The UK Financial Conduct Authority (FCA) has imposed a monetary penalty of £28m on Lloyds TSB Bank and Bank of Scotland, for selling any financial products to customers, without assessing their needs.
The market watchdog accused both banks, which are part of Lloyds Banking Group (LBG), for their retail conduct failings and said that they developed a culture of mis-selling of products.
The incentive schemes, which were executed during 2010 and 2012, led to a serious risk that sales staff were put under pressure to hit targets to get a bonus or avoid being demoted, instead of concentrating on the requirements of consumers.
"In one instance an adviser sold protection products to himself, his wife and a colleague to prevent himself from being demoted," the FCA said in a statement.
FCA enforcement and financial crime director Tracey McDermott said, "Financial incentive schemes are an important indicator of what management values and a key influence on the culture of the organisation, so they must be designed with the customer at the heart.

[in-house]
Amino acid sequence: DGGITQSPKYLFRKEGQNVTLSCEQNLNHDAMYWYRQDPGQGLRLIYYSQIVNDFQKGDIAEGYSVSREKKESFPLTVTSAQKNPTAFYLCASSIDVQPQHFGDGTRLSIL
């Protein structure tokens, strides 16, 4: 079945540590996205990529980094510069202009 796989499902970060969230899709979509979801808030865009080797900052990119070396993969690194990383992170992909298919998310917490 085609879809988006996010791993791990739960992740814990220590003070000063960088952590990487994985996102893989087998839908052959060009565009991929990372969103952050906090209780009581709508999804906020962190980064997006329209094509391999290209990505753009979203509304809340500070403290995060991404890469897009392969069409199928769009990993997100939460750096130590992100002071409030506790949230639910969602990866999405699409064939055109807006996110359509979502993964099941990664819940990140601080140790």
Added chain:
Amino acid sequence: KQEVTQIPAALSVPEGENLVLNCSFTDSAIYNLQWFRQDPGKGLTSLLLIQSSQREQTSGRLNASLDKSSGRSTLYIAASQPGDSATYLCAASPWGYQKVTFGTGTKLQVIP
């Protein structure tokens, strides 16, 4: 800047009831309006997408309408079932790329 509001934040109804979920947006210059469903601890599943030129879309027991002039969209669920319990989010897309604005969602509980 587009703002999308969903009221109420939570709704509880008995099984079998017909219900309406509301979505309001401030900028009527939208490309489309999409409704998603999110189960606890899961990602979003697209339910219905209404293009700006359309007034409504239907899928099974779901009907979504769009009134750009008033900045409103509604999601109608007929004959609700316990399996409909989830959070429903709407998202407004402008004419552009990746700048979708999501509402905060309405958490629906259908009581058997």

"Customers have a right to expect better from our leading financial institutions and we expect firms to put customers first – but firms will never be able to do this if they incentivise their staff to do the opposite."
"Both Lloyds TSB and Bank of Scotland have made substantial changes, and the reviews of sales and the redress now being made should right many of these wrongs," McDermott added.
Both banks have consented to conduct an analysis of higher risk advisers’ sales and pay redress where unsuitable sales took place.
The FCA said that the Lloyds TSB had also been fined for the unsuitable sale of bonds in 2003, and due to repeated nature of offence, the fine has been increased to 10%. Although Lloyds settled the case at an early stage, it qualified for a 20% discount, otherwise the fine would have been £35m.